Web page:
In order to better understand water availability and future water demands within the Kaskaskia River Basin the State of Illinois, Department of Natural Resources, Office of Water Resources has recommended the creation of a comprehensive water supply plan for the Kaskaskia Basin. Key components of the plan include:
- Determining existing capacity of existing water-supply facilities
- Determine current water withdrawals, uses, and impacts
- Determine potential yields and water quality from surface waters and impacts of variable climatic conditions
- Identify and evaluate drought, climate change, and other risks
- Present and compare water-supply and demand scenarios (with uncertainties
- Evaluate the needs for increasing water supply and treatment
- Identify and evaluate the risks and costs (including negative impacts) for developing new water withdrawal systems, and/or decreasing water demand
A diversity of stakeholders from throughout the planning area have been convened to serve as the planning committee by the Southwestern Illinois Resource Conservation & Development. Southwestern Illinois Resource Conservation & Development is responsible to assist this committee throughout the planning process, and in preparing a final report. The organization is also responsible to assist the committee in providing outreach related to the project.
Dr. Ben Dziegielewski, SIU Carbondale, has been retained to prepare water-use forecasts through 2050. Population projections, demand scenarios by major user sectors, and three levels of future water demand scenarios, (baseline – current, less resource intensive, more resource intensive) will be included).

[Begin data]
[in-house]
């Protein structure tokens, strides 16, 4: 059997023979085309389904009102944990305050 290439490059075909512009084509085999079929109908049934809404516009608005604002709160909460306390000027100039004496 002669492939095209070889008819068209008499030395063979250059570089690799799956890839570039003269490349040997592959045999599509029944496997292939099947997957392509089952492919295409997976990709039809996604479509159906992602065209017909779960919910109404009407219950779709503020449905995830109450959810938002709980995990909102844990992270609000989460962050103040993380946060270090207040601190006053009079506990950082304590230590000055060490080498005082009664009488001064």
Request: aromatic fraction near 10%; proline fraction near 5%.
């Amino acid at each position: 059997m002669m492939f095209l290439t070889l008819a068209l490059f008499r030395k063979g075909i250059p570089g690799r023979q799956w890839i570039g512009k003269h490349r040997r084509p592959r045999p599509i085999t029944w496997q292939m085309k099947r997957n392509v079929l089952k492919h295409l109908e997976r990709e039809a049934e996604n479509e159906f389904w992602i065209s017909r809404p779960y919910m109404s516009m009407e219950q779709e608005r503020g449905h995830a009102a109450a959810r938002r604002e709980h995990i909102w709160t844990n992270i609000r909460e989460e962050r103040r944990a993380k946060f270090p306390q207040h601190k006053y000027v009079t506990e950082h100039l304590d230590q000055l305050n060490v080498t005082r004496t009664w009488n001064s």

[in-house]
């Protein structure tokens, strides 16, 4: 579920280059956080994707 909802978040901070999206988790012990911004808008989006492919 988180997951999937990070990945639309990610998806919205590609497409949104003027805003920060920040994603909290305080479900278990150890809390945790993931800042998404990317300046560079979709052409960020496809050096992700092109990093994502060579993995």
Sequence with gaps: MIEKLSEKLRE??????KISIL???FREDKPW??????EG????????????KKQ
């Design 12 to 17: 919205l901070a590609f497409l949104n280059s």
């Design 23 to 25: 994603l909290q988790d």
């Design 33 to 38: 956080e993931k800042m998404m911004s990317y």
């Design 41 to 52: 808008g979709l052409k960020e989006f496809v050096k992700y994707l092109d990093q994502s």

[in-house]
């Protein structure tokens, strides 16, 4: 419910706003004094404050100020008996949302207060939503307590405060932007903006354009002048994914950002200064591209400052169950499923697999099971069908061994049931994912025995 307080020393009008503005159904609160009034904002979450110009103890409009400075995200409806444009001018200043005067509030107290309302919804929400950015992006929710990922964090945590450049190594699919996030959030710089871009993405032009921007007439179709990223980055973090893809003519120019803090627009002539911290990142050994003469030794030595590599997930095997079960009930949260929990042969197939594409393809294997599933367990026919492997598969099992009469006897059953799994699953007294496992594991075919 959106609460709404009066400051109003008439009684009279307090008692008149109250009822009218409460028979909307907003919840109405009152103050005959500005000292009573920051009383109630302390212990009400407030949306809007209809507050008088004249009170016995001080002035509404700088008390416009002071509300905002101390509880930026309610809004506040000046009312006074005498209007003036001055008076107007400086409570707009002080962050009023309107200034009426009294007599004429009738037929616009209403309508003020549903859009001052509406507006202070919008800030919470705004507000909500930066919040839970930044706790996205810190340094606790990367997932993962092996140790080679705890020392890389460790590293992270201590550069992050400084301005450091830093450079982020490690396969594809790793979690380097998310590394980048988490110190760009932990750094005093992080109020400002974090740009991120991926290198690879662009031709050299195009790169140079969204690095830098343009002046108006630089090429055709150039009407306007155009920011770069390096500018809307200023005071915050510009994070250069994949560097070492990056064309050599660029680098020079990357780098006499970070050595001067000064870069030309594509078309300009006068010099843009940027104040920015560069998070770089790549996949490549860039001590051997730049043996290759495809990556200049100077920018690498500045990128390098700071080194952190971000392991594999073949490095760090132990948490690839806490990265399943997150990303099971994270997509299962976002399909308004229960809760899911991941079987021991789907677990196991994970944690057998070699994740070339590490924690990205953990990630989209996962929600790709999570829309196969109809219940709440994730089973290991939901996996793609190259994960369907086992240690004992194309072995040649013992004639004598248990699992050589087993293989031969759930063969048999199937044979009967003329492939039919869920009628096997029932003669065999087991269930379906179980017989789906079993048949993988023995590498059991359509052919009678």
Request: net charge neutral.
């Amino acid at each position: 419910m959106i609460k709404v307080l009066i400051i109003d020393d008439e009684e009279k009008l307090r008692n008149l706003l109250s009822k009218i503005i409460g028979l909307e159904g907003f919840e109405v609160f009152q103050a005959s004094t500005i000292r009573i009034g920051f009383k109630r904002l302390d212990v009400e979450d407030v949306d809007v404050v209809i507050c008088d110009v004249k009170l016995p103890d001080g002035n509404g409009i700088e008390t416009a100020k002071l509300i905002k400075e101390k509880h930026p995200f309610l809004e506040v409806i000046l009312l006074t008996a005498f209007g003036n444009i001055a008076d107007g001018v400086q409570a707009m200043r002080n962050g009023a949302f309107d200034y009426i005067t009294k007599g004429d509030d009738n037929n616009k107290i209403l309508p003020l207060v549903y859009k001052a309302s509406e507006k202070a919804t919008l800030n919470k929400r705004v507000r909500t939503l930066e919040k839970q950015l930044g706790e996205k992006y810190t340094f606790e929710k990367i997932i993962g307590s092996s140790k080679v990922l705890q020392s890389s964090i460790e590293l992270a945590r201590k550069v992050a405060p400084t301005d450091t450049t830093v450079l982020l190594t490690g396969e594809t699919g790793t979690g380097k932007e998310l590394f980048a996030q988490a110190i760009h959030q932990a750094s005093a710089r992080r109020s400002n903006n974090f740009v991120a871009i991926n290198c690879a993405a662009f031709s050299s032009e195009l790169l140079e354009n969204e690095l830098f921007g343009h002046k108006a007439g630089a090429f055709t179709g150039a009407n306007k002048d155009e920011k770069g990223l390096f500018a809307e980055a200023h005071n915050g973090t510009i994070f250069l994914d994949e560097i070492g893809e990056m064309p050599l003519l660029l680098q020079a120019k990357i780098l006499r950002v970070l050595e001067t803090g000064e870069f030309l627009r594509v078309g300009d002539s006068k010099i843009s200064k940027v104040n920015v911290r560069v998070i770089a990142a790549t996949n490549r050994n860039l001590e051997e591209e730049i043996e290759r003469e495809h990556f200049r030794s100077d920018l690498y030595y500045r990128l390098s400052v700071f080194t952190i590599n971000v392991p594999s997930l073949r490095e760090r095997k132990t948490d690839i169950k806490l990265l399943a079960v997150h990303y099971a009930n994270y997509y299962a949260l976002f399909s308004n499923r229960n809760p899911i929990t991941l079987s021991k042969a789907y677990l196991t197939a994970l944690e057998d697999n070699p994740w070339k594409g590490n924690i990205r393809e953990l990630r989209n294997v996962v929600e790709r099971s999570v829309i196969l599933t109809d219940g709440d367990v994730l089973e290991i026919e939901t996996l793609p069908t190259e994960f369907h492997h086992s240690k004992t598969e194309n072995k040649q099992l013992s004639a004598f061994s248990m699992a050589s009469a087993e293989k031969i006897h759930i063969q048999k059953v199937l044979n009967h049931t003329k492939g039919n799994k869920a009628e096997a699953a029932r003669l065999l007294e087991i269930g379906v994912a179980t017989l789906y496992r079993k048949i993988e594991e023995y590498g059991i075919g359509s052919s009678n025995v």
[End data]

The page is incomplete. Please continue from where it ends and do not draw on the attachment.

The Illinois State Water Survey has been retained to provide scientifically-sound estimates of water availability and sustainability for the region. The ISWS will retrieve and summarize existing information on water supply availability in the region, develop various computer models that simulate hydrologic processes, including water supply storage and streamflow under varying climatic conditions, and use these models to to identify future water supply conditions and impacts based on selected scenarios of water use projections, potential climate change, and potential changes in water supply allocations from the two federal reservoirs.
AuthorityExecutive Order 2006-01
In January 2006, Governor Rod Blagojevich signed Executive Order 2006-01, requiring the Illinois Department of Natural Resources (IDNR) to lead state and regional water-supply planning activities. The Executive Order calls for the creation of regional water supply planning committees, and that they shall be organized for participation in the development and approval of regional water supply plans.